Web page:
Number 10Kongōza-ji temple – 伊勢西国三十三所観音巡礼公式サイト

Number 10Kongōza-ji temple

History of the temple

The old name of this temple is Anashi-ji and there are two theories concerning its beginning. According to the first one the temple was founded in 673 by 7th Century statesman, courtier and politician Fujiwara Kamatari (614-669). The second theory suggests it was built by one of his sons – Fujiwara Fuhito (659-720) in 680. Anashi-ji was directly connected and governed by Shido-ji, a temple from Sanuki province in Shikoku, which is a temple number 86 of Shikoku Pilgrimage. The main statue worshiped at Anashi-ji was Jūichimen Kannon (Eleven-Faced Kannon).


In 693 Fuhito relocated Nyoirin Kannon (Omnipotent Kannon) statue from Shido-ji to Kongōza-ji, which after the consecration ceremony performed by famous monk Gyōki (668-749) became a main statue worshiped at the temple. Nyoirin Kannon statue was originally made by Fujiwara Fusasaki – one of the sons of Fuhito. He lost his mother when he was very young and once he got older he wanted to pay her respect. Therefore he made a statue looking like his mother and offered it to Shido-ji. When his father Fuhito learned about his son devotion, he was so impressed that he moved the statue to Kongōza-ji and made the temple her bodai-ji (a temple performing ceremonies in her soul’s favor). Since then that Nyoirin Kannon statue is known as Shido’s Lady Kannon.


This story of the temple’s beginning uses some parts of the legend told in Shido-ji, which is also a famous Noh theater song Ama no Tamtori Densetsu (Legend of a Pearl Diver who brought back the Jewel). In this legend a pearl diver sacrificed herself to bring back to lost jewel from the Ocean depths. The diver was actually Fusasaki’s true mother. She helped Fuhito, whose undercover mission was to bring back the lost jewel, which was sent from his sister – one of the wives of the Chinese Emperor. In exchange of the pearl diver’s sacrifice, Fuhito made their son Fusasaki an official hair to his name.


The area where Kongōza-ji stands is called Sana and it appears in a chronicle Kojiki (Records of Ancient Matters) composed in 711. Sana had a strong connection with Fujiwara clan, who mainly worked in imperial department of worship at the time. Fujiwara clan also had a deep relation with Shido-ji temple, by which Kongōza-ji was governed. Based upon this knowledge it is possible to assume that Kongōza-ji also had a strong relationship with the Fujiwara clan.


At the top of the nearby mountain there is a site on which Anashi Shrine, a shrine recorded in 10th Century book about laws and customs Engishiki (Procedures of the Engi Era, 927), used to stand. It probably started as a family temple of a clan who lived in Yamato province (Nara) beside Anashi-ni Mashimasu Hyōzu Shrine. The name Anashi-ji appears in Kinchōkoku-ji Shizaichō – official document from 953. It also appears as Anashi Shrine in the part of Engishiki Jinmyōchō (905) that lists shrines of Ise province.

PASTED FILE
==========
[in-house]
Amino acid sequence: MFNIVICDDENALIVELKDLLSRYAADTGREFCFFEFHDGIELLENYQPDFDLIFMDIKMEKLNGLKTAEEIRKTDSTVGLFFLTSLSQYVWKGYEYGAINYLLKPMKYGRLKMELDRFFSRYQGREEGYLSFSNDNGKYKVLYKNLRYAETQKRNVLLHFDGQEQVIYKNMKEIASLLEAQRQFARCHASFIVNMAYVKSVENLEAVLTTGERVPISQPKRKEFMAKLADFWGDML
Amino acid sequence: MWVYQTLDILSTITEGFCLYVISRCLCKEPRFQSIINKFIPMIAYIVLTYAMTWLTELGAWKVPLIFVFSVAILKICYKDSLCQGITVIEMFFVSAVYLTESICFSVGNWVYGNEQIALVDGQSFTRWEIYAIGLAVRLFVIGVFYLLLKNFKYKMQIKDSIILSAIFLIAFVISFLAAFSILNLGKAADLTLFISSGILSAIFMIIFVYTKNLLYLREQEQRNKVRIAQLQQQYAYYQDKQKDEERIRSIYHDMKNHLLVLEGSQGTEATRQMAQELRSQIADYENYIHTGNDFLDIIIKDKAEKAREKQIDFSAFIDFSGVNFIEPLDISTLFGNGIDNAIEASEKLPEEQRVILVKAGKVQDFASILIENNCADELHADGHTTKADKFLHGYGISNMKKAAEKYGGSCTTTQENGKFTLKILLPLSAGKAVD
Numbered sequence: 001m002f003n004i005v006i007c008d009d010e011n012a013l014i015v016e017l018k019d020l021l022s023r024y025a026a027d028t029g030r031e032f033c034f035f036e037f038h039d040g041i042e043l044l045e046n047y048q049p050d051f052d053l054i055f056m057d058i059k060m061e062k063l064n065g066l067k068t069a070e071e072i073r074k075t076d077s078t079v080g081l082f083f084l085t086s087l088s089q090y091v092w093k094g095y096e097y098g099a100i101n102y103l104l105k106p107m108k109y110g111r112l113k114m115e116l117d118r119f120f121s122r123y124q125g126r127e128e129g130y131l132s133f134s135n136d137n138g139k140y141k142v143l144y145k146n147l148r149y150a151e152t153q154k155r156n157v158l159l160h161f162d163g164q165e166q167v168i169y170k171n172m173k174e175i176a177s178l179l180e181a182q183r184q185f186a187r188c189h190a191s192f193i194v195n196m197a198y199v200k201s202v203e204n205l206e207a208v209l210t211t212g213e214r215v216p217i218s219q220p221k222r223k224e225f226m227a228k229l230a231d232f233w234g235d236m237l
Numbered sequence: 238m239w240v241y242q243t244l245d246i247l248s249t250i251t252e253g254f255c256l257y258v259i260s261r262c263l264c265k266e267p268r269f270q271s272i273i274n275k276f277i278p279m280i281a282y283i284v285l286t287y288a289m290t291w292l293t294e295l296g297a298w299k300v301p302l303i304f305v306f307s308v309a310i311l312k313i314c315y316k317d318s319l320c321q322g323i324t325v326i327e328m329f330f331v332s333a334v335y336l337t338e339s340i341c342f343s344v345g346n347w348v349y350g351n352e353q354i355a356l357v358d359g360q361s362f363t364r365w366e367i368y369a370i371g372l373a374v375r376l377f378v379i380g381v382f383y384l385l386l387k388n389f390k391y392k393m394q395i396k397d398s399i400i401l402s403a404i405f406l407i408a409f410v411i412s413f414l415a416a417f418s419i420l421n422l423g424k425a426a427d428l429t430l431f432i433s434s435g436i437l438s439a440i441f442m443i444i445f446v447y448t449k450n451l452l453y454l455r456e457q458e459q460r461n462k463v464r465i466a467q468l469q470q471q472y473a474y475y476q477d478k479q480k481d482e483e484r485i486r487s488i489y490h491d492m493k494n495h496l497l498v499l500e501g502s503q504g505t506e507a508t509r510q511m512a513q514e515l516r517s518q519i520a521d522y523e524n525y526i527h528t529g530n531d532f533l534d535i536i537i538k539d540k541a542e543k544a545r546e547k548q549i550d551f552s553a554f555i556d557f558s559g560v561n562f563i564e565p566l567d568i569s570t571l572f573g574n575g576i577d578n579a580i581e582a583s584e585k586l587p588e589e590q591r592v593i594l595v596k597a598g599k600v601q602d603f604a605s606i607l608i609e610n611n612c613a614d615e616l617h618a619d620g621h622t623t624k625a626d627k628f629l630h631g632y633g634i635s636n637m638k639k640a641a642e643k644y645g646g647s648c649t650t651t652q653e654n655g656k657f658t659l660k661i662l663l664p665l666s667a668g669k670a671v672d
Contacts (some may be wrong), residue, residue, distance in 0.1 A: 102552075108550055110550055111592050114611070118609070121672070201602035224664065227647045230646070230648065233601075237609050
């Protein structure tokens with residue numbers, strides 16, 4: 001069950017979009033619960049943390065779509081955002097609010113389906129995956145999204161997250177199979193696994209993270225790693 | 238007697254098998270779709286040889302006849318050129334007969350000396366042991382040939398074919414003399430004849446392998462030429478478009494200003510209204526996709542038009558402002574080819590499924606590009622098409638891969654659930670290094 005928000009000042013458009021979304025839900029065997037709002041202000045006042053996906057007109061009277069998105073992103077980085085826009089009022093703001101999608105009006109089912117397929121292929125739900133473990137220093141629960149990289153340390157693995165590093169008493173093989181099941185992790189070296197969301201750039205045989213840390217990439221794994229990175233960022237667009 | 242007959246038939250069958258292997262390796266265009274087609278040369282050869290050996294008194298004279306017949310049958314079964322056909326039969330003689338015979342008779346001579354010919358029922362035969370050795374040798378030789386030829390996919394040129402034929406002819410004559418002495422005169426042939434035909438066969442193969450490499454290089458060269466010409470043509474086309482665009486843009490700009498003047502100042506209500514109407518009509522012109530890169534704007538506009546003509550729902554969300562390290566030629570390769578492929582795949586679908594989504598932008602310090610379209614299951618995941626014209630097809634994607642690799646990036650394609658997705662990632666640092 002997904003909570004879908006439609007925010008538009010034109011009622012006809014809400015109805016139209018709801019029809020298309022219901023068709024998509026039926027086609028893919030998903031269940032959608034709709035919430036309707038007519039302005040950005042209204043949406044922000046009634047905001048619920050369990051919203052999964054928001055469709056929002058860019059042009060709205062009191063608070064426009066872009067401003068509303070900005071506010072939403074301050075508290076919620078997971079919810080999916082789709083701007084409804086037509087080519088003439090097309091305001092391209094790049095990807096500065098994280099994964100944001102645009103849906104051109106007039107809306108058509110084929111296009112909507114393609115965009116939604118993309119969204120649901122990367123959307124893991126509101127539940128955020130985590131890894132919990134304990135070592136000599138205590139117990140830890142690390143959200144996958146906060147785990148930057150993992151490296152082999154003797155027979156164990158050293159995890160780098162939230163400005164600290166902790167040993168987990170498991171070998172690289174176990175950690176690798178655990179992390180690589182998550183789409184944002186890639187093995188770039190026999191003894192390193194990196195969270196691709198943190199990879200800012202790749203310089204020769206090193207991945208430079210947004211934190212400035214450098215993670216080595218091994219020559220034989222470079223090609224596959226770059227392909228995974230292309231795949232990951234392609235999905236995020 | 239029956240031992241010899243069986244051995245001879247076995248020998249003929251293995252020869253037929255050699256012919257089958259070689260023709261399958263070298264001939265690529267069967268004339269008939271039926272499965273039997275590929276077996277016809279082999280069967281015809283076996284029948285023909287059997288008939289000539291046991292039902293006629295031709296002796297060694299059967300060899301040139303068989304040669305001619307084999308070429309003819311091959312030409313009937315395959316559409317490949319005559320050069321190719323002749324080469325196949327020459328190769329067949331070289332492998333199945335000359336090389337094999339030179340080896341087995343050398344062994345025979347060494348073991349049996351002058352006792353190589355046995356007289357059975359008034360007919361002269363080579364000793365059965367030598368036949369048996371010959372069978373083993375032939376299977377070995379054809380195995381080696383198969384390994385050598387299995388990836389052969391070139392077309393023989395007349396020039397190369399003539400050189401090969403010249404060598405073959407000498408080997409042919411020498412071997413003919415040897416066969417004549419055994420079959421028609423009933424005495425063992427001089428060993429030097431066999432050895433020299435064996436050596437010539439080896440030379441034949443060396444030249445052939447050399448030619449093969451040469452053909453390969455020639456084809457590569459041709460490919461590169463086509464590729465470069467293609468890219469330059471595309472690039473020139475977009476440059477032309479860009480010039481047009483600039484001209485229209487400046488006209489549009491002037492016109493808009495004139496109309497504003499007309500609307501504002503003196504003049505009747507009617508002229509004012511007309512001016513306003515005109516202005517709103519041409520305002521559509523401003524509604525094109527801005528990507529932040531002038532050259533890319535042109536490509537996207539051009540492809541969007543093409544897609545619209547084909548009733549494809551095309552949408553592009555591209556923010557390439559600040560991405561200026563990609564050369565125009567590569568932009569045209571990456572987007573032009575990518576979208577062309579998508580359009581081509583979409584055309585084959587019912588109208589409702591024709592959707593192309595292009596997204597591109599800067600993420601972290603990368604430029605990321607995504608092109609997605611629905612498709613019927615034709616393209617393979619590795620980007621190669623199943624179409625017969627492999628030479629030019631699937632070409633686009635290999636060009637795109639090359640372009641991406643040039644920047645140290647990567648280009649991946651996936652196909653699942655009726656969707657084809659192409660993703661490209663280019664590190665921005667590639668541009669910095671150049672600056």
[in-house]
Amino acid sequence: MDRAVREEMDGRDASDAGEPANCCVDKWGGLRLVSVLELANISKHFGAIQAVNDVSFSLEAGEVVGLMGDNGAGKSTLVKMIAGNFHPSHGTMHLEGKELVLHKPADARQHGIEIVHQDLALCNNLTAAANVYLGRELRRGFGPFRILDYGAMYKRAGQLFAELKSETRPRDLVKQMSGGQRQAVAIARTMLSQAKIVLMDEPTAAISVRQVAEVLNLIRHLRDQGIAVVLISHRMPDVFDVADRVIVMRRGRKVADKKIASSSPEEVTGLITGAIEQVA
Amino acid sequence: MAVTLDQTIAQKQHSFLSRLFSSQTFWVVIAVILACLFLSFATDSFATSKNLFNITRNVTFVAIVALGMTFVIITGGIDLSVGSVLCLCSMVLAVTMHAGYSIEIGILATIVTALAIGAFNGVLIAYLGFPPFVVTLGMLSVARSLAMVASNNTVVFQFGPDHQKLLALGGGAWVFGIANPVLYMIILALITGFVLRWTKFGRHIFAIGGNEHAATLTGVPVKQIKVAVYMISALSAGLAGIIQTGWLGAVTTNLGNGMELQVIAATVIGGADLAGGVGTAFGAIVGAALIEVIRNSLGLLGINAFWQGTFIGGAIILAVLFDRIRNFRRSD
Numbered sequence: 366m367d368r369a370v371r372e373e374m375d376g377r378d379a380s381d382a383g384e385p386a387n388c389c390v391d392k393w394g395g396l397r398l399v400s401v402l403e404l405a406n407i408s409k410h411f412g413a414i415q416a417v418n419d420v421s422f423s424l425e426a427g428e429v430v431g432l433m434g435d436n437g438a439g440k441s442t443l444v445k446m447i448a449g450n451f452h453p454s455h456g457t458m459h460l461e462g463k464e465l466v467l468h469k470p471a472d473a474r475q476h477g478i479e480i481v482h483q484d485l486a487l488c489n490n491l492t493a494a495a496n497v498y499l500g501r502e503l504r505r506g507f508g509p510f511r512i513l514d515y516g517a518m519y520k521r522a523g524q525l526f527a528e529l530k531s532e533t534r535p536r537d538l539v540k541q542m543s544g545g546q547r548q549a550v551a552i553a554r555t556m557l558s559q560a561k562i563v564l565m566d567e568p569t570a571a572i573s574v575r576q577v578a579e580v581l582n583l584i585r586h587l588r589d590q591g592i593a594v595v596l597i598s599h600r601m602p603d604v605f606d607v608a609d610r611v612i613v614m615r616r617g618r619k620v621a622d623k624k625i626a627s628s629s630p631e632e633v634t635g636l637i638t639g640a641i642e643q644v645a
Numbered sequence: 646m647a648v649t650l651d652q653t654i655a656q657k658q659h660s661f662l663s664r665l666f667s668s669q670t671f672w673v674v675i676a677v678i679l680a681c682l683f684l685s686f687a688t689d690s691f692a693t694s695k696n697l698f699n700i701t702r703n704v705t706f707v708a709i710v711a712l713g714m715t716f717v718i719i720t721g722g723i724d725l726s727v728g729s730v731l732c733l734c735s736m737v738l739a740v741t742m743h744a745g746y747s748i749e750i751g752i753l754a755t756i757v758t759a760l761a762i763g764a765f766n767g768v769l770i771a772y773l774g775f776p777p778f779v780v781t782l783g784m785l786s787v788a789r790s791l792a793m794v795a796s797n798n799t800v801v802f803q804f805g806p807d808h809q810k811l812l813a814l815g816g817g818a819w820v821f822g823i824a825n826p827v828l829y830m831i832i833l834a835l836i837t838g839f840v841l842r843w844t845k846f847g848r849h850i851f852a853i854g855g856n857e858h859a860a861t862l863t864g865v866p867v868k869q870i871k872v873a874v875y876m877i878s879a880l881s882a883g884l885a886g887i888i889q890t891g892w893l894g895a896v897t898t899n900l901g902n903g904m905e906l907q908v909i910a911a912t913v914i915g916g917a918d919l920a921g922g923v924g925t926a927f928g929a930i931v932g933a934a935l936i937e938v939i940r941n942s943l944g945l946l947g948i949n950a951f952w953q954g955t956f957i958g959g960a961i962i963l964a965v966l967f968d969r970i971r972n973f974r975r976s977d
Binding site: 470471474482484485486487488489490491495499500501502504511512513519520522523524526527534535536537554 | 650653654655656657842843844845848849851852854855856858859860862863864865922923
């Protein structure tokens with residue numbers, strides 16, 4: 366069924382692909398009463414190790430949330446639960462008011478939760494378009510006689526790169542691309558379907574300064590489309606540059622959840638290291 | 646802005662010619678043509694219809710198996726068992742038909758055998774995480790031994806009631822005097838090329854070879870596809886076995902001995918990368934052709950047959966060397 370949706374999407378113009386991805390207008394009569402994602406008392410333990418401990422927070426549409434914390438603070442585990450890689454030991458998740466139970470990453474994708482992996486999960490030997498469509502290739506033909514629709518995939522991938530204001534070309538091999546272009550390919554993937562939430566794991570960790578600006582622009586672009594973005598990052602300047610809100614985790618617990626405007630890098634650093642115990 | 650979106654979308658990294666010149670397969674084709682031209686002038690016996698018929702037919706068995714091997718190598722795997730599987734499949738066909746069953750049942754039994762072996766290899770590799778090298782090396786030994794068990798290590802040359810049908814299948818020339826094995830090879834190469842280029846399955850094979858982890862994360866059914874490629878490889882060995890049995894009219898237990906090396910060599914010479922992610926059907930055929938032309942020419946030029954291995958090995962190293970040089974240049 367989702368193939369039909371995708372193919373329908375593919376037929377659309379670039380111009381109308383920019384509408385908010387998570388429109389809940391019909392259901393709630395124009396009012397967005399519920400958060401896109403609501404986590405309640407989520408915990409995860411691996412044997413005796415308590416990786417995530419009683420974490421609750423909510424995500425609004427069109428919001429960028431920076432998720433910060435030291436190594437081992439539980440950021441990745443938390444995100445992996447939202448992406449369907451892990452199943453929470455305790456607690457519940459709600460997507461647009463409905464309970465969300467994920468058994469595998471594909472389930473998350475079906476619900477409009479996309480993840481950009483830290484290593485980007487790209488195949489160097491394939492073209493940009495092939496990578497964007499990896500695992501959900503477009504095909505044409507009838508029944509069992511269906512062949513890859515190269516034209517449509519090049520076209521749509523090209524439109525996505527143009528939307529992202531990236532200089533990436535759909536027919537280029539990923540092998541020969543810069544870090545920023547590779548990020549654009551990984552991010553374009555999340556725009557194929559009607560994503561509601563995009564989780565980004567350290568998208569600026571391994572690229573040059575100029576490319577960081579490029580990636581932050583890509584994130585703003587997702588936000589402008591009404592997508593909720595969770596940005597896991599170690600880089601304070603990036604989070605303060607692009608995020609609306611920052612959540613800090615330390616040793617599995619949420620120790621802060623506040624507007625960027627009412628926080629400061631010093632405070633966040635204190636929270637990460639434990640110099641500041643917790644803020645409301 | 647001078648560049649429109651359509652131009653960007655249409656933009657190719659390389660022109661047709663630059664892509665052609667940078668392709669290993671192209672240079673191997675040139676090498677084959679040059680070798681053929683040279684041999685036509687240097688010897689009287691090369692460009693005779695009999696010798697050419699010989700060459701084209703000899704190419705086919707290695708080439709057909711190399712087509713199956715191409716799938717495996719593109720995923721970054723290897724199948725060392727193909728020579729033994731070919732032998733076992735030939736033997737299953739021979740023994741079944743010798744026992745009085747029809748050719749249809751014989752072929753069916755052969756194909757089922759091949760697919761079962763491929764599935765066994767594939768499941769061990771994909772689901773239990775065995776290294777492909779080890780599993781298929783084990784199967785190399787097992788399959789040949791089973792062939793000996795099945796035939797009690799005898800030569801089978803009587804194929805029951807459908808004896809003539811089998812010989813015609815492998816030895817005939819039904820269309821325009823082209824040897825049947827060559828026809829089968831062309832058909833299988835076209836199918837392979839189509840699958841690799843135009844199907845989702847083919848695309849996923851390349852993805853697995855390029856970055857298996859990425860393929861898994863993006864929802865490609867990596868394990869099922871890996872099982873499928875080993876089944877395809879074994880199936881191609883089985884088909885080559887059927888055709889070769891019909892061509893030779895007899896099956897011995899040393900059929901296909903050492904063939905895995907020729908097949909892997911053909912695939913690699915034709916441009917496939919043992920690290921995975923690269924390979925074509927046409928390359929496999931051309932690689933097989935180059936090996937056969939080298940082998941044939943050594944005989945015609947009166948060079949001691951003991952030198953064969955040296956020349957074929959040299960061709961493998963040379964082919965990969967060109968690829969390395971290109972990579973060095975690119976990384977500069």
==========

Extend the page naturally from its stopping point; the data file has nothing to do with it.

Leaving aside the authenticity of Kongōza-ji temple’s official history, without any doubt it dates back to more than 1300 years.


According to one more theory Mount Kongō, on which the temple stands, may be a sacred mountain in which a Shinto deity named Ame-no-Tajikarao resides. The Kojiki chronicle mentions that Ame-no-Tajikarao, who dwells in Sana, is worshiped in Sana Shrine. Because Sana Shrine was a satomiya – a shrine placed at the bottom of the sacred mountain, it would mean that the Mount Kongō is the sacred mountain. This is also probably where the name of the mountain comes from. Kongō normally refers to Kongōza – the diamond throne on which Buddha reached enlightenment. But in this case it is possible that it comes from Buddhist deity called Kongō Rikishi (Vajrapani) – the Diamond Warrior, which was considered a Buddhist manifestation of Ame-no-Tajikarao. According to pre-modern Japanese manifestation theory (honji suijaku) which supported syncretism of Shinto and Buddhism, all Shinto gods were manifestations of Buddhas, Bodhisattvas and other Buddhist deities. This would also explain where the temple’s name Kongōza-ji – a temple where the Diamond Warrior dwells – comes from.

This theory is also sustained by a tradition of the family of priests of Anashi Shrine, which in contemporary times relocated to Matsusaka city. According to their tradition, gohei – the staff with plaited paper streamers used during the Yoiyoi ritual, until mid-19th Century was received from Kongōza-ji. They would refer to this receiving custom as “Welcoming of Ama-no-Tajikarao”.

At the top of Mount Kongō there is a place facing east, where it is possible to pray facing Ise Shrine. Judging from this and from the historical connection of Sana area and Ise Shrine, we can easly assume that Mount Kongō was not only an important spiritual ground, but also a significant historical site.